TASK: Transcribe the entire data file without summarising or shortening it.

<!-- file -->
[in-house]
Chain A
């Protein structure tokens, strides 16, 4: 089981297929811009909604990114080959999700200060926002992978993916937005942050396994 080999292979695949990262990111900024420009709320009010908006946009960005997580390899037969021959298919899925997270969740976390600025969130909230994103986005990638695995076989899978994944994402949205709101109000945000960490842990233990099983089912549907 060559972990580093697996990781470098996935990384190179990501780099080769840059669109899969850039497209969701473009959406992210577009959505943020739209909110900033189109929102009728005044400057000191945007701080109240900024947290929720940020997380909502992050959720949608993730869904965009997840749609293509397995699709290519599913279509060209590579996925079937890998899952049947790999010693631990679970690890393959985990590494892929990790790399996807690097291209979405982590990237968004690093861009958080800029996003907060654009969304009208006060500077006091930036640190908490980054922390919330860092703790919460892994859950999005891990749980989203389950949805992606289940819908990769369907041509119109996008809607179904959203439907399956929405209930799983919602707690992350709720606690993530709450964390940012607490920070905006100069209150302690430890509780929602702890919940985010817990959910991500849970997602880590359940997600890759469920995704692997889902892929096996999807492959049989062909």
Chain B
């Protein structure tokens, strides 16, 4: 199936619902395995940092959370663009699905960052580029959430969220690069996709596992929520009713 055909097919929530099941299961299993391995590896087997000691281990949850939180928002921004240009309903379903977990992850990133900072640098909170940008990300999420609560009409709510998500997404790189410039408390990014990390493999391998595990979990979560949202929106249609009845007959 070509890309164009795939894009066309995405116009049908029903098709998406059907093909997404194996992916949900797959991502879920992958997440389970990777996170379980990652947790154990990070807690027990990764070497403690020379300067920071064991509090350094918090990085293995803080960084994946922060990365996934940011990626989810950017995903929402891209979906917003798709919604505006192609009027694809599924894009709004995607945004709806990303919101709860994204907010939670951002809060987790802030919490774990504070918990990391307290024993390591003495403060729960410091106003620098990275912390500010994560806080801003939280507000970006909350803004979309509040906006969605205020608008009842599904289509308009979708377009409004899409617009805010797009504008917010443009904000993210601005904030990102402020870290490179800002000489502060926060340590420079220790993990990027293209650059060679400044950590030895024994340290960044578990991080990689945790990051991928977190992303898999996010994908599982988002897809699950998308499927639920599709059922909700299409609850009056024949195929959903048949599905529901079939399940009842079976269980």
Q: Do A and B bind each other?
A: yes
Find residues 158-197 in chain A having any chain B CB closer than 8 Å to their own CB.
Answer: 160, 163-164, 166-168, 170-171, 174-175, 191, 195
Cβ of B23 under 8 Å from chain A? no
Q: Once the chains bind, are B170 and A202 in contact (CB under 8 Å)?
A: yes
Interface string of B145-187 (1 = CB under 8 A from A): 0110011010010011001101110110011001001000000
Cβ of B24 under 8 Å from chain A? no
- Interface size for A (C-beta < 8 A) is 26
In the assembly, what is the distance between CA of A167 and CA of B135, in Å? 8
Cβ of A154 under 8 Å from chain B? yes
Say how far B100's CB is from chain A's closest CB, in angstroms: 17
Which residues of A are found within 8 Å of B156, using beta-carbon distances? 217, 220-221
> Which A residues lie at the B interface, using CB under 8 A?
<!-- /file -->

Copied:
[in-house]
Chain A
């Protein structure tokens, strides 16, 4: 089981297929811009909604990114080959999700200060926002992978993916937005942050396994 080999292979695949990262990111900024420009709320009010908006946009960005997580390899037969021959298919899925997270969740976390600025969130909230994103986005990638695995076989899978994944994402949205709101109000945000960490842990233990099983089912549907 060559972990580093697996990781470098996935990384190179990501780099080769840059669109899969850039497209969701473009959406992210577009959505943020739209909110900033189109929102009728005044400057000191945007701080109240900024947290929720940020997380909502992050959720949608993730869904965009997840749609293509397995699709290519599913279509060209590579996925079937890998899952049947790999010693631990679970690890393959985990590494892929990790790399996807690097291209979405982590990237968004690093861009958080800029996003907060654009969304009208006060500077006091930036640190908490980054922390919330860092703790919460892994859950999005891990749980989203389950949805992606289940819908990769369907041509119109996008809607179904959203439907399956929405209930799983919602707690992350709720606690993530709450964390940012607490920070905006100069209150302690430890509780929602702890919940985010817990959910991500849970997602880590359940997600890759469920995704692997889902892929096996999807492959049989062909």
Chain B
């Protein structure tokens, strides 16, 4: 199936619902395995940092959370663009699905960052580029959430969220690069996709596992929520009713 055909097919929530099941299961299993391995590896087997000691281990949850939180928002921004240009309903379903977990992850990133900072640098909170940008990300999420609560009409709510998500997404790189410039408390990014990390493999391998595990979990979560949202929106249609009845007959 070509890309164009795939894009066309995405116009049908029903098709998406059907093909997404194996992916949900797959991502879920992958997440389970990777996170379980990652947790154990990070807690027990990764070497403690020379300067920071064991509090350094918090990085293995803080960084994946922060990365996934940011990626989810950017995903929402891209979906917003798709919604505006192609009027694809599924894009709004995607945004709806990303919101709860994204907010939670951002809060987790802030919490774990504070918990990391307290024993390591003495403060729960410091106003620098990275912390500010994560806080801003939280507000970006909350803004979309509040906006969605205020608008009842599904289509308009979708377009409004899409617009805010797009504008917010443009904000993210601005904030990102402020870290490179800002000489502060926060340590420079220790993990990027293209650059060679400044950590030895024994340290960044578990991080990689945790990051991928977190992303898999996010994908599982988002897809699950998308499927639920599709059922909700299409609850009056024949195929959903048949599905529901079939399940009842079976269980």
Q: Do A and B bind each other?
A: yes
Find residues 158-197 in chain A having any chain B CB closer than 8 Å to their own CB.
Answer: 160, 163-164, 166-168, 170-171, 174-175, 191, 195
Cβ of B23 under 8 Å from chain A? no
Q: Once the chains bind, are B170 and A202 in contact (CB under 8 Å)?
A: yes
Interface string of B145-187 (1 = CB under 8 A from A): 0110011010010011001101110110011001001000000
Cβ of B24 under 8 Å from chain A? no
- Interface size for A (C-beta < 8 A) is 26
In the assembly, what is the distance between CA of A167 and CA of B135, in Å? 8
Cβ of A154 under 8 Å from chain B? yes
Say how far B100's CB is from chain A's closest CB, in angstroms: 17
Which residues of A are found within 8 Å of B156, using beta-carbon distances? 217, 220-221
> Which A residues lie at the B interface, using CB under 8 A?